Toronto warming centres would open at -5 C under proposed changes

By Jordan Omstead

TORONTO – Warming centres for those who need shelter should open in Toronto when temperatures drop to -5 C, city staff recommend in a new report, a proposal that would lower a threshold advocates have long criticized as cruel and arbitrary.

The city currently opens warming centres when temperatures dip to -15 C, or -20 C. The proposed policy update to be presented at a council commitee next week could see that change this year and is supported by Toronto Public Health.

Coun. Shelley Carroll called the proposed change “an important first step”.

“Staff will continue to work to secure additional warming centre sites, expand access to our existing sites, and advance our housing goals so homelessness in our city becomes a rare and brief experience,” Carroll, who chairs the Economic and Community Development Committee, wrote in a statement.

Warming centres are billed as a surge response for the city’s shelter system during periods of cold weather, offering at minimum a place to rest, snacks and referrals to emergency shelters.

But with city data showing the shelter system at capacity and upwards of 100 people turned away by a central intake hotline on any given night, advocates have kept warming centres in the spotlight in recent months and pressed councillors to keep them open 24-7 throughout the winter.

Longtime street nurse Cathy Crowe said the move to lower the opening criteria for warming centres was welcome but represented another “Band-Aid” solution to the homelessness crisis in Toronto.

“It’s the bare minimum,” she said.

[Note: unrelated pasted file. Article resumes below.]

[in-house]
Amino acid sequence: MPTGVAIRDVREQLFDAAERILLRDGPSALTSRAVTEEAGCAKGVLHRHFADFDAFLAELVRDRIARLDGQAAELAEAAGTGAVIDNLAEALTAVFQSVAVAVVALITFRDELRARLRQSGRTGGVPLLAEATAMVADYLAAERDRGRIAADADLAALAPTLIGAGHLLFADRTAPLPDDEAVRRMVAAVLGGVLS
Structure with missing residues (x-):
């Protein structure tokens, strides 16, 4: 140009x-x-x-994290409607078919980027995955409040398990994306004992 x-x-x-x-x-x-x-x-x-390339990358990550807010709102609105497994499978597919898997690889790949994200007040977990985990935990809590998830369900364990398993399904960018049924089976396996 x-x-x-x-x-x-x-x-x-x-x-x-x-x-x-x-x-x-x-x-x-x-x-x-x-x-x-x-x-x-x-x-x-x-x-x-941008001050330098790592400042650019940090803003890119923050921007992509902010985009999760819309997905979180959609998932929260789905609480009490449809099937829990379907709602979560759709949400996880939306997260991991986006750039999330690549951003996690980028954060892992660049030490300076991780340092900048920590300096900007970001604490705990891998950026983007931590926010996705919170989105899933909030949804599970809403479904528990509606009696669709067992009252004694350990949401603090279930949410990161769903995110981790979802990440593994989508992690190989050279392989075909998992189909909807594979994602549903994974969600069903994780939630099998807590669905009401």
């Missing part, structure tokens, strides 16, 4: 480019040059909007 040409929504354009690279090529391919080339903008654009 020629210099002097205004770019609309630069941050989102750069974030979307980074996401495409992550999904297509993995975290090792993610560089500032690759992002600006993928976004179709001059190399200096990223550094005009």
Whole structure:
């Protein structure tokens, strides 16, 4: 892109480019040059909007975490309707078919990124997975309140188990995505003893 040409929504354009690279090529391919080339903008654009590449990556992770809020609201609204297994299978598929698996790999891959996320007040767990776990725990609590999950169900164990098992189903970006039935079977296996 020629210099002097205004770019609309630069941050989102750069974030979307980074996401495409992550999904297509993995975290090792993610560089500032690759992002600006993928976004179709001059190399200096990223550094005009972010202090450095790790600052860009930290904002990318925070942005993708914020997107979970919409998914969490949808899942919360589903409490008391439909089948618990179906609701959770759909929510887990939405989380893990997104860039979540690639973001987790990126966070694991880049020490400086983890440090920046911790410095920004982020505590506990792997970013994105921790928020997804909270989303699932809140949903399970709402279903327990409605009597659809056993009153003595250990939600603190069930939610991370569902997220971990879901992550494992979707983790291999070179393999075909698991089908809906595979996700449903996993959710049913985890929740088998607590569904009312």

The city’s current policy of opening warming centres when temperatures dip to -15 C is inconsistent with research indicating a vast majority of hypothermia cases in Toronto’s homeless population occur at temperatures above that mark, Crowe said.

A fixation on temperature thresholds, when the city’s shelter system is routinely running at capacity, can overlook the everyday risks of living without shelter in any temperature, she said.

“It’s a very Canadian obsession,” she said. “There should be a right to shelter every night of the year.”

The city set up a fourth warming centre in January and council eventually passed an amendment to the proposed budget in February to keep one warming centre open until this month at Metro Hall.

That repurposed office tower has no showers, cooking facilities or lockers available, Crowe said, likening it to a field operation set up in the aftermath of a hurricane.

The city report proposing the policy change for the warming centres recommends they open at -5 C and/or when Environment Canada issues freezing rain, snow squall, winter storm, snowfall or blizzard warnings.

The report also said shelter staff are working to secure at least four suitable locations for warming centres in the upcoming winter season, with the goal of having one downtown, and the others in the east, west and north ends of the city.

The staff report recommends city council ask the provincial and federal governments for $5 million to help its winter weather response.

Without the $5 million, there would be no funding available for warming centres staring in January 2024, the city said. That funding would also allow it to keep one warming centre open around the clock.

Toronto has repeatedly asked the other levels of government for help covering a nearly $1-billion shortfall in the city’s 2023 fiscal plan, in part tied to increases in pandemic-related shelter costs, but no bailout was included in the recent provincial or federal budgets.

The city report also recommends city council ask the provincial and federal governments for a $20-million boost to the Canada-Ontario Housing Benefit. The rent supplement pays the difference between 30 per cent of the recipient’s household income and the average market rent in the area.

The report estimates an extra $20 million could help transition upwards of 1,600 people from the shelter system into rental market housing.